Last week, as you're very aware by now, Facebook shut off the tap (sorry, they're American, I should say 'faucet') to all news for Australian Facebook users.
Today, the government and Facebook have announced that in 'a few days' everything will go back to normal because some 'minor' amendments have alleviated everyone's concerns and will see... Facebook get everything it wanted. And more.
The News Media Bargaining Code was going to force a number of requirements onto digital giants to ensure Australian news organisations got a very nice pay day for having their content appear on search and social platforms. It was also mandating alerts of algorithmic changes that would impact on journalism with 14 days notice.
A good law should apply equally and fairly across a problem it aims to deal with. It should set standards. This Code always had two very specific targets in mind, Facebook and Google, which always made it an odd beast. After today's amendment announcements, it's a lot more like a lame duck.
The most fundamental change to the Code today is that it will no longer immediately apply to anyone. It will ONLY apply if the responsible government minister decides a given company has not provided 'significant' support to local journalism.
What does 'significant' mean? Commercial deals with news media businesses can mean anything. And Facebook has a simple Facebook News product ready to roll out. SevenWest has already now said it has a deal ready to roll with Facebook since the amendments were announced.
The amendment also says that if someone is going to be 'designated' they will be given a month of notice. Plenty of time to set things up to turn off that
tap faucet again if the threat starts turning the wrong way again. And we've already seen Facebook is prepared to do it.
Frydenberg says the amendments put "more impetus on parties to engage in negotiation outside the Code." A further signal that the Code will pass into law but will essentially sit on the shelf as a stick rather than be the genuine basis for negotiations between parties that are negotiating on unequal terms.
As long as News and Nine are happy, do we really think the government will take that stick off the shelf on behalf of one or two small publishers who feel aggrieved that they didn't get a good deal? But if the Code was the basis of all negotiations, there would be no question to be asked.
I'm on the record that I thought the Code was poorly designed and would do nothing particularly helpful for the future of journalism. This was always too direct a transfer of dollars from tech giants to existing major media organisations without any requirement to see those dollars fund more journalism jobs. I can imagine some saying "but if the law is going to fail now, why are you annoyed? You didn't like it anyway!"
The changes show that the government liked to look like it was being tough on the 'tech giants' but when Facebook didn't flinch it got scared and lost its nerve. That's disappointing because:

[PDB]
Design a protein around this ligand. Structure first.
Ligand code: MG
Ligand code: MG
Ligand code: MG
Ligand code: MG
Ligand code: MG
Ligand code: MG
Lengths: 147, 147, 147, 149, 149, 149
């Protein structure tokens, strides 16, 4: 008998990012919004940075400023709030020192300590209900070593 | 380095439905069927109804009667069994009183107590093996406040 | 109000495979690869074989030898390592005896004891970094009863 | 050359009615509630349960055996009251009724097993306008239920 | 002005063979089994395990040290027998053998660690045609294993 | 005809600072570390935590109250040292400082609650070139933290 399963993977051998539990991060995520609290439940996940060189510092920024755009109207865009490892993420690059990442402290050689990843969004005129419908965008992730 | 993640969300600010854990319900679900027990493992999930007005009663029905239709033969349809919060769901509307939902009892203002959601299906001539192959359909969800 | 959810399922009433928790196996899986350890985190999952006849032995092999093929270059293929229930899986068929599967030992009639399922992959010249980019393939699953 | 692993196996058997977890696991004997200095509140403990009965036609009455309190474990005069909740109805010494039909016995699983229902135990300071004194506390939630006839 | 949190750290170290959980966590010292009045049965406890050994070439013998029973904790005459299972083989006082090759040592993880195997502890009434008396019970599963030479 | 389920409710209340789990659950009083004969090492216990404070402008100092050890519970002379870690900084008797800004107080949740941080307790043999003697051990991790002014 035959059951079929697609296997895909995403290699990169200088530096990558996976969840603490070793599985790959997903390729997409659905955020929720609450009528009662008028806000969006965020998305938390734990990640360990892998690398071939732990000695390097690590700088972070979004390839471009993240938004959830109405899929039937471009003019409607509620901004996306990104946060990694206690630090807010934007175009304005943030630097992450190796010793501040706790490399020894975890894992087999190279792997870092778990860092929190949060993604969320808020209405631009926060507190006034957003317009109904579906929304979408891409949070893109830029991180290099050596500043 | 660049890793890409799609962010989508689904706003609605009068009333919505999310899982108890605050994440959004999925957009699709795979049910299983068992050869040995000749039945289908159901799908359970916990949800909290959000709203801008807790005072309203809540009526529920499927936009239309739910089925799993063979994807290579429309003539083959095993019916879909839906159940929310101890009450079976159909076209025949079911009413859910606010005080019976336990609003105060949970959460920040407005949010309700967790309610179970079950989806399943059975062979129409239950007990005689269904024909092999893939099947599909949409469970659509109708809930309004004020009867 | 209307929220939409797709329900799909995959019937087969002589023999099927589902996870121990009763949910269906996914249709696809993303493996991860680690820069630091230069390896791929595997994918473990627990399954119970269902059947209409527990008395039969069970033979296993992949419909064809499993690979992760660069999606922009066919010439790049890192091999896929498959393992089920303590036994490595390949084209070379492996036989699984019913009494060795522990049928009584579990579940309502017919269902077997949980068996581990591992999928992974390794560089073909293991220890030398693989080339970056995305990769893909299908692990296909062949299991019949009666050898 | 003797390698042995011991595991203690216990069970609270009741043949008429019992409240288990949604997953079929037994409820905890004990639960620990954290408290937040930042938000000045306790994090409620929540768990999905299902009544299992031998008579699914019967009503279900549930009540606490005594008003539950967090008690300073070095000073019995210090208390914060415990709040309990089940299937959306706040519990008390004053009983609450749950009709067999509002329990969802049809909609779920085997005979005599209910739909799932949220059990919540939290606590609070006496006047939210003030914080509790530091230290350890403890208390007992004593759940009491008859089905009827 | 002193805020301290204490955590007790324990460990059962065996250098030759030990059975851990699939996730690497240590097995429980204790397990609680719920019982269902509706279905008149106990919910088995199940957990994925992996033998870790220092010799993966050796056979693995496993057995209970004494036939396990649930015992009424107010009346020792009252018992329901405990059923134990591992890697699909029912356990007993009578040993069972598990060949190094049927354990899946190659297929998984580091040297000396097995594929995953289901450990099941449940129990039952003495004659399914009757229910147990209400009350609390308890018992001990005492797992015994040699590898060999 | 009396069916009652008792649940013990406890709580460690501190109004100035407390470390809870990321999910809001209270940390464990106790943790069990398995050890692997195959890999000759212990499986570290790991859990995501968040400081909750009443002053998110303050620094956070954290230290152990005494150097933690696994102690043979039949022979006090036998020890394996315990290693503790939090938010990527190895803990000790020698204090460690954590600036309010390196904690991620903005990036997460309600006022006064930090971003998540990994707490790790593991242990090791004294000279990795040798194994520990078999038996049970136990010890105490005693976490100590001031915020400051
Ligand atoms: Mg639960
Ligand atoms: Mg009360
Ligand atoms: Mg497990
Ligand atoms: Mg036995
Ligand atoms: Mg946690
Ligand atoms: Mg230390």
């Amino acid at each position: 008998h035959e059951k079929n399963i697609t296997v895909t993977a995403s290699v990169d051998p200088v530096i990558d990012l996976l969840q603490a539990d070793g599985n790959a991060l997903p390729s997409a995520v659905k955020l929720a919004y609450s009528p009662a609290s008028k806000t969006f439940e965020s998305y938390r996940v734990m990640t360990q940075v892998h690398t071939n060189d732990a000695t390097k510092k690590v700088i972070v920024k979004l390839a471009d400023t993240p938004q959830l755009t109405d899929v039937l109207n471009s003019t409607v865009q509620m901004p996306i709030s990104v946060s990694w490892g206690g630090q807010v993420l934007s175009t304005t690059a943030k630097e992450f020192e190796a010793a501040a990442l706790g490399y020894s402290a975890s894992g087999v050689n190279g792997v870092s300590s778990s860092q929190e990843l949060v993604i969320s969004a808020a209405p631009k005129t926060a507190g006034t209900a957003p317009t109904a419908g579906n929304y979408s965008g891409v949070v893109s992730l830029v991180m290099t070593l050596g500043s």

(a) the whole world was watching, and others seemed eager to join the idea that governments wouldn't be pushed around by Facebook like that, and
(b) the alterations mean this Code will never be used, which means the entire ACCC investigation into the problems of digital advertising and the monopolistic actions of Google and Facebook was all for nothing.
After three years of investigations, hearings, submissions and legislative processes, we ended up with a badly drafted law that was largely unworkable and included requirements Facebook never seemed likely to agree to.
If we'd just enforced a smarter tax on these digital giants to prevent them siphoning off all those ad dollars from Australia back to their favourite tax havens we could have at least gotten some money. And if that actual tax had been put into an independent body to provide grants and other support mechanisms for quality journalism it really could have been a simpler overall win for journalism.
Instead Australians are unlikely to see any change to the nature of the news media landscape in Australia. There will be zero improvement to the state of Australian media diversity or public service journalism. And after so much discussion over three years? Don't expect anything to come up again about this topic from an Australian government again.
Again, no one was required to put any of the money gained from all this toward journalism – even if the deals were negotiated under the Code. Now it's just money to avoid ever getting within one month of being 'designated'.
The state of the Code now? "Please, Silicon Valley, just do anything that looks 'significant' on a press release so we never have to 'designate' you."
So Facebook is off the hook on algorithms and forced arbitration and will probably roll out its Facebook News product soon enough here to deliver its side of the deal. It doesn't lose a thing, save for executing on a plan it already had in another market.
But it also got a perfect excuse to gain some wildly valuable data for the future of the company. It got to actually turn off ALL news for a week in a commercially valuable Western market that is notorious as a high quality 'test market'.
The insights gained in how users use the platform, engage with content, contacts, and groups, and how ads perform will have been incredibly useful to how it maps news into the future of the platform.
Yes, it copped some bad PR. It has lost so much credibility that it's been easy to frame the company as the 'bad guy' even when it makes rational decisions related to bad laws in far away countries. So some will see these changes and a return of Australian news to Facebook as Facebook backing down. I'm sure the Australian government will happily claim it as a win for itself.
But make no mistake. Facebook did not lose anything it wasn't always willing to give. And it gained a lot of value from being able to show how deeply it cuts a society when it decides it doesn't want to play nice.